A combination of approaches

These examples are a drop in the ocean of refinery parts that need to be monitored closely. In order to assign resources to the right areas at the right time, the appropriate maintenance methodology must be used which best suits the equipment concerned. Understanding the benefits of both predictive and preventive maintenance programs and ensuring they are in place where needed, will help to all but eliminate the types of failures listed above.

Preventive or time based maintenance allows maintenance activities to be scheduled at set time intervals. Repairs or replacements are made at that time, before equipment fails or capacity is reduced. Some problems do exist with this methodology however, including the possibility that the work is done either too early or too late. If the frequency is too high, production could be lost. On the flip side, just because equipment is maintained at set intervals does not mean that problems are being identified or addressed. It is important that equipment is inspected and an effort is made to understand what the current condition is and why it exists. Root cause analysis should be performed to determine what can be changed in the future so that identified issues are not repeated. Improved reliability and equipment up time could have a direct impact on production.

Predictive or condition based maintenance calls for maintenance to be scheduled only when issues are identified and determined to be unacceptable. For instance, when the vibration level of a pump is shown through incremental readings to be increasing and reaches a dangerous level, then decisive action needs to be taken. This methodology should still allow most fixes to be planned and scheduled; as the unacceptable level will not be the point at which failure would occur. Instead a level that is designated as troublesome, but still safe to operate, would be used. This would allow for the proper lead time to procure needed parts. Some up front costs might occur if equipment is required or training needs to be conducted. But in the long run, with qualified personnel monitoring the equipment on a regular basis, this methodology can lead to improved capacity and equipment up time.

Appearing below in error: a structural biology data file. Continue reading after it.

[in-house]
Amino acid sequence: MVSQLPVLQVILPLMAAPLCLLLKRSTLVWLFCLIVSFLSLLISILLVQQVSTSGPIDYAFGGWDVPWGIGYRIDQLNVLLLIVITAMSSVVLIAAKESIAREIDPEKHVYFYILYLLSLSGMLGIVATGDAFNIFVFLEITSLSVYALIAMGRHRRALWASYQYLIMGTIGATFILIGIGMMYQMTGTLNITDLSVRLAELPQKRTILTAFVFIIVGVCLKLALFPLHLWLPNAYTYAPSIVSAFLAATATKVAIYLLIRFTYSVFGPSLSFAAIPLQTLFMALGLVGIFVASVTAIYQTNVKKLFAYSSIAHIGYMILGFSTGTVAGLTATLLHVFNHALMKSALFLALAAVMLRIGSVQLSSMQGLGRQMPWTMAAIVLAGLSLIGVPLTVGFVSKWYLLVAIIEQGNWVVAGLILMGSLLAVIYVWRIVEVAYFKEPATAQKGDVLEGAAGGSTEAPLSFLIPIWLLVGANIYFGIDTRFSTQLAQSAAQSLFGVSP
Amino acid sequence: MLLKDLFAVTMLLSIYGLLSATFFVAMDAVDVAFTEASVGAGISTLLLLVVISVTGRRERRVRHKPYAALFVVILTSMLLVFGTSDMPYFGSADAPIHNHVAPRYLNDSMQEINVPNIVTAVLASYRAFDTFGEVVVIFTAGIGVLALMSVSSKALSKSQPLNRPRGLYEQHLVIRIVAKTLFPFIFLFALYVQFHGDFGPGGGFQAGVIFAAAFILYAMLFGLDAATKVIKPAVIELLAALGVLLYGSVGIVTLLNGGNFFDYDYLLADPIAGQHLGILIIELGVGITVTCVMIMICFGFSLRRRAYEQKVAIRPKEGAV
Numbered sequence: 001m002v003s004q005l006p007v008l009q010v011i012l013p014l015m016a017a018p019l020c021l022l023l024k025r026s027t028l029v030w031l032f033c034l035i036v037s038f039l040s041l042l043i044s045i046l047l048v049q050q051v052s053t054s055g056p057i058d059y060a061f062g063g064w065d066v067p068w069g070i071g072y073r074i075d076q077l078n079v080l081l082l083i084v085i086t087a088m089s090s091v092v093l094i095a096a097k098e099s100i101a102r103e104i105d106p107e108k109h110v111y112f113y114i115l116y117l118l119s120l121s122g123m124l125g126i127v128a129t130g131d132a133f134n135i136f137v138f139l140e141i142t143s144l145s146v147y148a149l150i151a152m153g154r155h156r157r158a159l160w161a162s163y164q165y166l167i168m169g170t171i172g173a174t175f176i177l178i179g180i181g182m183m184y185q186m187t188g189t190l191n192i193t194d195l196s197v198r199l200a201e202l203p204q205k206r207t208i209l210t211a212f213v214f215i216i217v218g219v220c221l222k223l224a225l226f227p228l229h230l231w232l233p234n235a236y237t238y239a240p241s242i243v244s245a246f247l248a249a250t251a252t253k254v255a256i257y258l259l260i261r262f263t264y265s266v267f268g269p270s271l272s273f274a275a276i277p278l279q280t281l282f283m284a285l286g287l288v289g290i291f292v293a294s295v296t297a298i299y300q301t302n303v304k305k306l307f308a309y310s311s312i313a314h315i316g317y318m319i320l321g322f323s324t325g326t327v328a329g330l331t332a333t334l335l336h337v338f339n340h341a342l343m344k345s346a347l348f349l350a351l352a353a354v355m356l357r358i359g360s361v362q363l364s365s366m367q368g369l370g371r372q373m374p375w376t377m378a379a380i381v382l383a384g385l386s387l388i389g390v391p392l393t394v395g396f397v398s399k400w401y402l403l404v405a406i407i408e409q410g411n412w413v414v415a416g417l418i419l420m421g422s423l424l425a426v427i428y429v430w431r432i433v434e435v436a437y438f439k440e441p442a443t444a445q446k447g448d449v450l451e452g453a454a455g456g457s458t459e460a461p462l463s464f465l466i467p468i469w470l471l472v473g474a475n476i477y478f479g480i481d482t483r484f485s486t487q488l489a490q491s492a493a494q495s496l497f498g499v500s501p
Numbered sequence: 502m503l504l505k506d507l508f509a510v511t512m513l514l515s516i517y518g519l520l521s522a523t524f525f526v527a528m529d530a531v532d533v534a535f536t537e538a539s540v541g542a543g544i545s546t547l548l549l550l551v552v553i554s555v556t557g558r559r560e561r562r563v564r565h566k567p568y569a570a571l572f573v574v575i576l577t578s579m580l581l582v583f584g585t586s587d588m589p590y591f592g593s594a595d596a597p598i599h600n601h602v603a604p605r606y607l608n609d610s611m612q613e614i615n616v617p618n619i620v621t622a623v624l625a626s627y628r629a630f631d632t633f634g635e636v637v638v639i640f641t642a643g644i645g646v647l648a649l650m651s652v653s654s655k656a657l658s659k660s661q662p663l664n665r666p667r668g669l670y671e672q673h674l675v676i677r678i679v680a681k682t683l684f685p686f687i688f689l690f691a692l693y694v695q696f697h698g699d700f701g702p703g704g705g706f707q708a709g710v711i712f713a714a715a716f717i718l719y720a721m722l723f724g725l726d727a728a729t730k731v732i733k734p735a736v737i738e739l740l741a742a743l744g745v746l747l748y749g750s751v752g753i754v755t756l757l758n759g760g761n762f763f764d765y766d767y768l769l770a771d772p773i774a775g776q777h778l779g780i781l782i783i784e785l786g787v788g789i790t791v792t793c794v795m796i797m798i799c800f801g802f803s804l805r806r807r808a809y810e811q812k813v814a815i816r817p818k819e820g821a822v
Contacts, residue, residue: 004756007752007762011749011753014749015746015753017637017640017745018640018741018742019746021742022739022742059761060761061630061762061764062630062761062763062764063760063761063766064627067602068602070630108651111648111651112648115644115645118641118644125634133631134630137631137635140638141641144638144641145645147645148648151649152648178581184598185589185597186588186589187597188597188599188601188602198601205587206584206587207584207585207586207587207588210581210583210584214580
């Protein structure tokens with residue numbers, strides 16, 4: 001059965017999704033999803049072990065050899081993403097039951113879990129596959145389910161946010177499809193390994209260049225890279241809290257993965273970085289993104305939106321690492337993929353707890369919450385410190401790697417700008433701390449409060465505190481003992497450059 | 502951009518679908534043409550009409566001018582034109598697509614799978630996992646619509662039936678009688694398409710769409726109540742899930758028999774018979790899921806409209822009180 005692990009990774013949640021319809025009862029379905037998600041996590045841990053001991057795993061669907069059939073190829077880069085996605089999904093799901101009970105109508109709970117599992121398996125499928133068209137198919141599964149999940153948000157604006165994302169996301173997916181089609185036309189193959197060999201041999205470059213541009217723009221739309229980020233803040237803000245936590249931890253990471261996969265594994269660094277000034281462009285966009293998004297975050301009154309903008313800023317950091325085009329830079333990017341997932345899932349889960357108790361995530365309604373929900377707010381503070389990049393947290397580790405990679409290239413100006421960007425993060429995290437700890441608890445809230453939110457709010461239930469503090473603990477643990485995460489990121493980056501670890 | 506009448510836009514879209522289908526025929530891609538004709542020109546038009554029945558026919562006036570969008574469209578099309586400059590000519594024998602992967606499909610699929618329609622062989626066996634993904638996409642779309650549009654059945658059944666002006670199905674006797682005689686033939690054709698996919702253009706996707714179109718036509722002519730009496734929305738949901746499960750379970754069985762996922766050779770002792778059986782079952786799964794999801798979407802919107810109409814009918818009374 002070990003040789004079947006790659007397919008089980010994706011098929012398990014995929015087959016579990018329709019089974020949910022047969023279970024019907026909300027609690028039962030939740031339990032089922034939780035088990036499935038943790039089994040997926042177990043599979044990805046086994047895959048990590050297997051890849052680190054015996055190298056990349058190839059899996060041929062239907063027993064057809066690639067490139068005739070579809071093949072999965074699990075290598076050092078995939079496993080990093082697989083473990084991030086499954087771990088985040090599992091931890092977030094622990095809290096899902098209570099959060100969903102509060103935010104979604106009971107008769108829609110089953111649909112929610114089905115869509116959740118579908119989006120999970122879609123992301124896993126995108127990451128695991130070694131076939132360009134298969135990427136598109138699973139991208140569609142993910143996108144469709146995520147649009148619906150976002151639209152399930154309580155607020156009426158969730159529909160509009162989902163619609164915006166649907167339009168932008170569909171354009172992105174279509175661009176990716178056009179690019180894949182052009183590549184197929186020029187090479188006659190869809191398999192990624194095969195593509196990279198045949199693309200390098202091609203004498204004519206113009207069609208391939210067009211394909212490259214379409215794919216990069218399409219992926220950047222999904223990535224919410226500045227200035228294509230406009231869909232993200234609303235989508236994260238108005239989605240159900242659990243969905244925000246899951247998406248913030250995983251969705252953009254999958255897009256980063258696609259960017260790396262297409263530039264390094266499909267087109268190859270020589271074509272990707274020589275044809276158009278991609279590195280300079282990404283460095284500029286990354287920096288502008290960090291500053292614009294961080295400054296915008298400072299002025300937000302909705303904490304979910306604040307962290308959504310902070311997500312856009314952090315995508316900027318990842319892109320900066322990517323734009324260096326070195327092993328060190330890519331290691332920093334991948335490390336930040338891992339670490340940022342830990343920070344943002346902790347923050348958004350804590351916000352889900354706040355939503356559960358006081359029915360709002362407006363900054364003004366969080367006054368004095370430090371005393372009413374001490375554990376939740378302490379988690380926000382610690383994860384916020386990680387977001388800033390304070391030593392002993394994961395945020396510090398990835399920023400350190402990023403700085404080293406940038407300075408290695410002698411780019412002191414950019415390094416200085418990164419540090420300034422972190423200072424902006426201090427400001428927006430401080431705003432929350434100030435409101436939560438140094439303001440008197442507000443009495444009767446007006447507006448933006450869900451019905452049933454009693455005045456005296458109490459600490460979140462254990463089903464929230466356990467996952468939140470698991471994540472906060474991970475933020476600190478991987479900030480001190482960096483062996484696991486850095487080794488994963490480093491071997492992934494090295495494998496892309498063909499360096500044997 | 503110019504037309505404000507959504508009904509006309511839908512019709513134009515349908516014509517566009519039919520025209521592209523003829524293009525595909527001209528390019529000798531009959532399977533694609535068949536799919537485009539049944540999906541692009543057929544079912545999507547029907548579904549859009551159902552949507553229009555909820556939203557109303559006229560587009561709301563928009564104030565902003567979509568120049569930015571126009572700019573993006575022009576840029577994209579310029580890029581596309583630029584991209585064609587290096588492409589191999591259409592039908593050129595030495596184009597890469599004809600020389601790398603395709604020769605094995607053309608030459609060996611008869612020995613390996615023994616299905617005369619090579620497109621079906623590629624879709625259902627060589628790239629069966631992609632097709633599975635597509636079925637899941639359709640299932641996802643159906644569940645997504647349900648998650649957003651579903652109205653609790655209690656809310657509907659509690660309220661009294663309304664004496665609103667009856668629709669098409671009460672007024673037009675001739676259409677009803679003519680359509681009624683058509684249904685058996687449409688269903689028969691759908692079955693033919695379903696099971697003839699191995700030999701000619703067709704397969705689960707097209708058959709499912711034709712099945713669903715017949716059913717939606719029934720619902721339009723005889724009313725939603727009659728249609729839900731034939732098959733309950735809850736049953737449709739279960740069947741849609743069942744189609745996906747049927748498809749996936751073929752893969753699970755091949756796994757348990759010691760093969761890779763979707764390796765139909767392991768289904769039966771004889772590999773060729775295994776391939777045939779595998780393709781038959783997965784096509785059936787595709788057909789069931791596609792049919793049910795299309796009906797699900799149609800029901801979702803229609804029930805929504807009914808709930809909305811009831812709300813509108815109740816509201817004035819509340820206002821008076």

Theoretically both methodologies work well, but without a topdown approach that instils the maintenance department with the resources and tools needed to successfully implement either one, it will fail. The other factor that will determine success is consistency. Both systems require that certain events occur at specific times, whether it is actual maintenance or monitoring equipment and taking readings. Gaps in data collection or missing a maintenance event altogether can potentially have a negative impact on the organisation at some point in the future. Essentially, a combination of both approaches applied in the right manner is likely to have the most positive effect.


Given how many refineries are struggling to cope with smaller margins and a higher workload it is time that sites integrate risk based maintenance into their thinking. Systematic area by area working is to be lauded (and is a giant leap forward from responding to emergency break ins because it is so much more efficient), but sometimes it is just not feasible to conduct methodical inspection and maintenance programs which cover one area at a time leaving production losses or, worse, potentially more dangerous situations uncovered for months and even years. There needs to be a combination of the two processes which allocate resources in accordance with efficiency, effectiveness and the scarce resource which is staff and skills availability.

Written by Dirk Frame, T.A. Cook Consultants, Germany. The full article can be found in the January issue of Hydrocarbon Engineering.

Adapted for the web by Emma McAleavey.